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sxsw 2012

NPR's day show celebrates indies and ends with an electric set from The Magnetic Fields

Every year I make it a point to make it to NPR's day show at The Parish. I always walk away having seen phenomenal acts and this year was no different. Here's the rundown on a few artists that deserve your ears during SXSW and beyond.

La Vida Boheme

Venezuelan rock band La Vida Boheme started the crowd moving and bumping elbows with their high-energy rock. They appeared in matching white outfits, splattered in paint, and began to play like the devil himself was at their heels. The lead singer’s beautiful, seamless, controlled falsetto moments were only one of the bands many highlights. They came to Austin with an outlandish frenzy, but they put a lot of time and energy into this stage show so they could take the audience on a complex aural journey while they shouted at them. Stream or download the audio of the perfomance here.

Sugar Tongue Slim

STS took the stage and probably should have been allowed to leave with it. I was skeptical of the Philadephia rapper’s act, who appeared on The Root’s 2010 album “How I Got Over,”  because he often takes high-profile samples from popular songs, which can be a weaker artist’s attempt at instant fandom. But his verses were tight and well-structured, he was funny, and his running dialogue with the audience made each new song feel like a piece of a conversation he was having with them. Stream the show and if you like that, download his free mixtape — it's hard to stop listening to.

Poliça

Poliça is the latest project from GAYNGS lead female vocalist Channy Casselle and was rightly included in Time magazine’s list of “Buzz-Worthy Bands to Check Out" during SXSW. Her performance was very emotionally earnest and engaged and she seemed to act each song out, embodying each one with an honest momentum. The apex of the show was “The Maker,” which ended with Casselle repeating “He wouldn’t love me like that” while tracing a line of anguish across the stage. Listen to the performance and if you can make it two one of Poliça’s two performances tomorrow, GO.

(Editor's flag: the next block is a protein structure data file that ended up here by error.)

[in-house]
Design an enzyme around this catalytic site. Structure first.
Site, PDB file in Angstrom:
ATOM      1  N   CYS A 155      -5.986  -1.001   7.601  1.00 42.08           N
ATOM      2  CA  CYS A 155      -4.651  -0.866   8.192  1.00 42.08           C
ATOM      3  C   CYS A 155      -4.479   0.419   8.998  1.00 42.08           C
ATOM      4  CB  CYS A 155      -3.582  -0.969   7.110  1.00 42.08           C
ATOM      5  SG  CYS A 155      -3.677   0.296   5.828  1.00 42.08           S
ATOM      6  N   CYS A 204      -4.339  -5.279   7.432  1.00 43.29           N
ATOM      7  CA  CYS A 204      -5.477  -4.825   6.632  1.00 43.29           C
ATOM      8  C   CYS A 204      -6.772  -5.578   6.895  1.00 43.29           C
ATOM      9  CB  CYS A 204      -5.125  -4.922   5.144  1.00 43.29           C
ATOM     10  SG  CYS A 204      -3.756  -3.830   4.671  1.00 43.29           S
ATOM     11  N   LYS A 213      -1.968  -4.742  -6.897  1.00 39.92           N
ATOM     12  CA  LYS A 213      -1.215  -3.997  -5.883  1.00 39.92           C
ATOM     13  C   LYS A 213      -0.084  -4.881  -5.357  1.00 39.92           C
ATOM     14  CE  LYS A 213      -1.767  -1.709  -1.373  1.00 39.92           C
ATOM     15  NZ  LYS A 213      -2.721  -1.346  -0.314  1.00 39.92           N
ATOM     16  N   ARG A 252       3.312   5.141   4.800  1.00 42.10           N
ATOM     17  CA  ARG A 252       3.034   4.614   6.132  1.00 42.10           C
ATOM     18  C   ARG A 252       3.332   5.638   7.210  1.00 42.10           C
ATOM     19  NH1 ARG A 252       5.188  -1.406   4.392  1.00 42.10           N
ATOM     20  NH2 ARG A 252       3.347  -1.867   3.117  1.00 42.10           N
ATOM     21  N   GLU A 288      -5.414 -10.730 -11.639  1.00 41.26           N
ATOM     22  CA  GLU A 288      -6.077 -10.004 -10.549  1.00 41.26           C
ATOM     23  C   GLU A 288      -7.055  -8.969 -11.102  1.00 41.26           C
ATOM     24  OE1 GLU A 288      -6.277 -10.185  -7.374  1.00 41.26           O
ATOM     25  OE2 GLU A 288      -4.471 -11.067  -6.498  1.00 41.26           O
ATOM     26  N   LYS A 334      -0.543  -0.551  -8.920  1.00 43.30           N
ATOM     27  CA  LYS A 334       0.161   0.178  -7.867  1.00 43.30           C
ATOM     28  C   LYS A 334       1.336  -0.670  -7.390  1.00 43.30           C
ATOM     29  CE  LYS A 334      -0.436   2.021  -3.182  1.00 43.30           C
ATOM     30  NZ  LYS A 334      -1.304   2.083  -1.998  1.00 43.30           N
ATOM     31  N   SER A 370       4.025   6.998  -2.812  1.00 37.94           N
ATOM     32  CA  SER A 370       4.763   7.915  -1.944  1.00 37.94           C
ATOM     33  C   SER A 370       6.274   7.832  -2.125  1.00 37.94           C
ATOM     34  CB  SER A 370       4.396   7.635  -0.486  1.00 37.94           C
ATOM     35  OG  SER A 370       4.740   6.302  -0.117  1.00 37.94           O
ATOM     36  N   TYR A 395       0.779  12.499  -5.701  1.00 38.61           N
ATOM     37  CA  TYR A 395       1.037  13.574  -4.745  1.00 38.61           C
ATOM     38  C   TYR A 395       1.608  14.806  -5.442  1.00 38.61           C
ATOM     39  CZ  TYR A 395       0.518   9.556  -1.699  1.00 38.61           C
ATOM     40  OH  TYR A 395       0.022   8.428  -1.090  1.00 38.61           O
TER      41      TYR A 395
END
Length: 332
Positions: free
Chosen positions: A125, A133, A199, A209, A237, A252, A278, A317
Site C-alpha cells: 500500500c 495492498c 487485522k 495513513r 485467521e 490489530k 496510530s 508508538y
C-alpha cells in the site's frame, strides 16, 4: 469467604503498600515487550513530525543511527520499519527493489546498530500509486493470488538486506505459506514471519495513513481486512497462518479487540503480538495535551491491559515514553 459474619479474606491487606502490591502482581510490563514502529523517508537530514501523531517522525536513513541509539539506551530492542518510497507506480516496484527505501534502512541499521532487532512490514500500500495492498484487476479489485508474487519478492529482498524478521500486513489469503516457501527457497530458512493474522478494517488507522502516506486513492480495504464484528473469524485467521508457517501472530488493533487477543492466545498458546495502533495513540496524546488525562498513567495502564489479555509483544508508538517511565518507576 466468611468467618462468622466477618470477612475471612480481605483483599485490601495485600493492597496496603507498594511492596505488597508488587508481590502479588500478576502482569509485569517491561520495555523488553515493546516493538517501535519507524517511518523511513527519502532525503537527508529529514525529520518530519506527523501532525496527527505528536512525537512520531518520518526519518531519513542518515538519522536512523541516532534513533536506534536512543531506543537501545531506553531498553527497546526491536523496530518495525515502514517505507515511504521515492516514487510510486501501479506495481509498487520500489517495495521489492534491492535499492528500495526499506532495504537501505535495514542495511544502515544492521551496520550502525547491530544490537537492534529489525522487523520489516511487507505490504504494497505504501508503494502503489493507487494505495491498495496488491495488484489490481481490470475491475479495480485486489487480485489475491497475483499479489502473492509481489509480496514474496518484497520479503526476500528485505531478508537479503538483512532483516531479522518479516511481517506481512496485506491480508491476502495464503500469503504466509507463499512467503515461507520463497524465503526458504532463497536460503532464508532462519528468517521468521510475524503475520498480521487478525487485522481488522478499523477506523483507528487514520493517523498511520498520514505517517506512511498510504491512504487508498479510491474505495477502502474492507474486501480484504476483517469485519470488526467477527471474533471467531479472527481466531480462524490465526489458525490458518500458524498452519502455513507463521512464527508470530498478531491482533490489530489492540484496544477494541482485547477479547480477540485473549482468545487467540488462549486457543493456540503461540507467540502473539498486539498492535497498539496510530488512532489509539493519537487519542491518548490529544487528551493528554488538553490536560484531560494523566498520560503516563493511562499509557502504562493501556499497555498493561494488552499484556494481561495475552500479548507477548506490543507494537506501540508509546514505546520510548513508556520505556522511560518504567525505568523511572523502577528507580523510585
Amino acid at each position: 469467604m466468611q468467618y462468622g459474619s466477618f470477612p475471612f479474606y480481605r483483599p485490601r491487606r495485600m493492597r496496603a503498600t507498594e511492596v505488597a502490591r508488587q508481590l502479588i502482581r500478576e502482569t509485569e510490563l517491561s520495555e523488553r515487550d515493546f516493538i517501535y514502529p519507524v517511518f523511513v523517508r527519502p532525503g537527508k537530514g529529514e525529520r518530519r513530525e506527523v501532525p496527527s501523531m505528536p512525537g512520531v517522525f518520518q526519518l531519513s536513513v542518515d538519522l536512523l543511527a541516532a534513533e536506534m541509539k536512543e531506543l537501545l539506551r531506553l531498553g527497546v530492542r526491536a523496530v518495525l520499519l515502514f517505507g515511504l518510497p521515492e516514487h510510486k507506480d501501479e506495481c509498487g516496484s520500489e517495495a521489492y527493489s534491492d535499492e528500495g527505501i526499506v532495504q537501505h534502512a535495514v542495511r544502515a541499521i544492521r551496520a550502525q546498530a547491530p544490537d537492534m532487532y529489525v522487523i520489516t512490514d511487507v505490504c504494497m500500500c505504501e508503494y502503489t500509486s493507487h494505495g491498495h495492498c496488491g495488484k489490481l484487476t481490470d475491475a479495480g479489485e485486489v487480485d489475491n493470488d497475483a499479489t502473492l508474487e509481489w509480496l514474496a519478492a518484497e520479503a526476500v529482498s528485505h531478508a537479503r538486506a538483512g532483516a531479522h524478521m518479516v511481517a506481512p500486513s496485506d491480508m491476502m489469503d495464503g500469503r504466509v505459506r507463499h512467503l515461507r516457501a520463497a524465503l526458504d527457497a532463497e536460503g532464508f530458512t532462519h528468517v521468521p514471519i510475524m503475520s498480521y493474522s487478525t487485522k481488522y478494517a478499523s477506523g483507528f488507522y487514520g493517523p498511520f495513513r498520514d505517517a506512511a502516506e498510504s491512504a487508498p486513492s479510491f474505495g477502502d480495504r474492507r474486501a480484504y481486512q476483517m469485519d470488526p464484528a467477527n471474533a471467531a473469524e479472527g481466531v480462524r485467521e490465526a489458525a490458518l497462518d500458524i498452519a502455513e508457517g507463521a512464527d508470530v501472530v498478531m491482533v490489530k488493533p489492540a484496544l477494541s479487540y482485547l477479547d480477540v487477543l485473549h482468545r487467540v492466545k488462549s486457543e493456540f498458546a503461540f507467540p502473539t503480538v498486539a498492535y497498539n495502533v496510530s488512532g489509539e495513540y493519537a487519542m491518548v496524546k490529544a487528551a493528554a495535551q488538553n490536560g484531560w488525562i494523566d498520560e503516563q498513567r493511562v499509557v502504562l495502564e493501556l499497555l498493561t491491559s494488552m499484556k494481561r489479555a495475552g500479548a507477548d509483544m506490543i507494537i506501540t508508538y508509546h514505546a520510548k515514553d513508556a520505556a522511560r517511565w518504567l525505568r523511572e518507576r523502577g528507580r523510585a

Lower Dens

Perhaps it was the natural discord between the kinetic energy of the first three acts and the largely stationary and subdued stage shows that followed, but I felt as if the crowd had been hyped up, energized and taken somewhere together to be disappointed by Lower Dens. The streaming version of the show allows you to actually hear Jana Hunter’s vocals and better recreates the performance I was expecting to hear.

The Magnetic Fields 

The Magnetic Fields show began with a strike of the stage, removing the large concert speakers and drum set and bringing in the band’s comparatively slight set up. Stephin Merritt, the lead singer of The Magnetic Fields and a former editor of Spin Magazine, is known for his implementation of unusual acoustic instruments — his music stand included an accordion and a wind piano and at one point he produced a brand new kazoo and began playing it.

In between songs Merritt vacillated between describing the actions on stage for the radio listeners and wryly making fun of the audience. At one point the crowd got into a chuckle loop, laughing at everything Merritt said and he noted to the listeners at home that they were doing so because the band members were all wearing very funny costumes. At another point he gestured to the disco ball hanging from the ceiling and made a remark about how the it was slowly turning, like the earth, reflecting all of the light thrown on it. A part of me wanted to believe he was coyly pointing out how ludicrous the band looked playing under a disco ball, but the other part wanted to give him a butterscotch and some tips on anecdote followthrough.

The show was subdued, but most of the fans in the audience didn’t come to see them play, they came to remind themselves of how much their back catalog meant to them. Songs like “Grand Canyon” and “The Book of Love” and “Come Back From San Francisco” had a cathartic effect on the crowd. From NPR’s All Songs Considered blog

People were weeping in the audience as The Magnetic Fields played droll, melancholy love songs, including a certain NPR Music editor: "We actually had to take out an extra rider on our insurance to cover any slippage that occurred on the puddles of my tears," Stephen [Thompson] said. 

Ideally, that would have been the entire show, but the band also played songs from their new album, “Love at the Bottom of the Sea.” The new material is precious and affected, without the sardonic edge that sharpened 69 Love Songs. The characters in their music are still dropping like flies, still being driven to desperation by love, but they’ve traded ornamentation for pathos. The band has made a reputation for building their albums on simple concepts and then taking them to extremes, but it seems we’ve reached a point where the concept is stifling the music.

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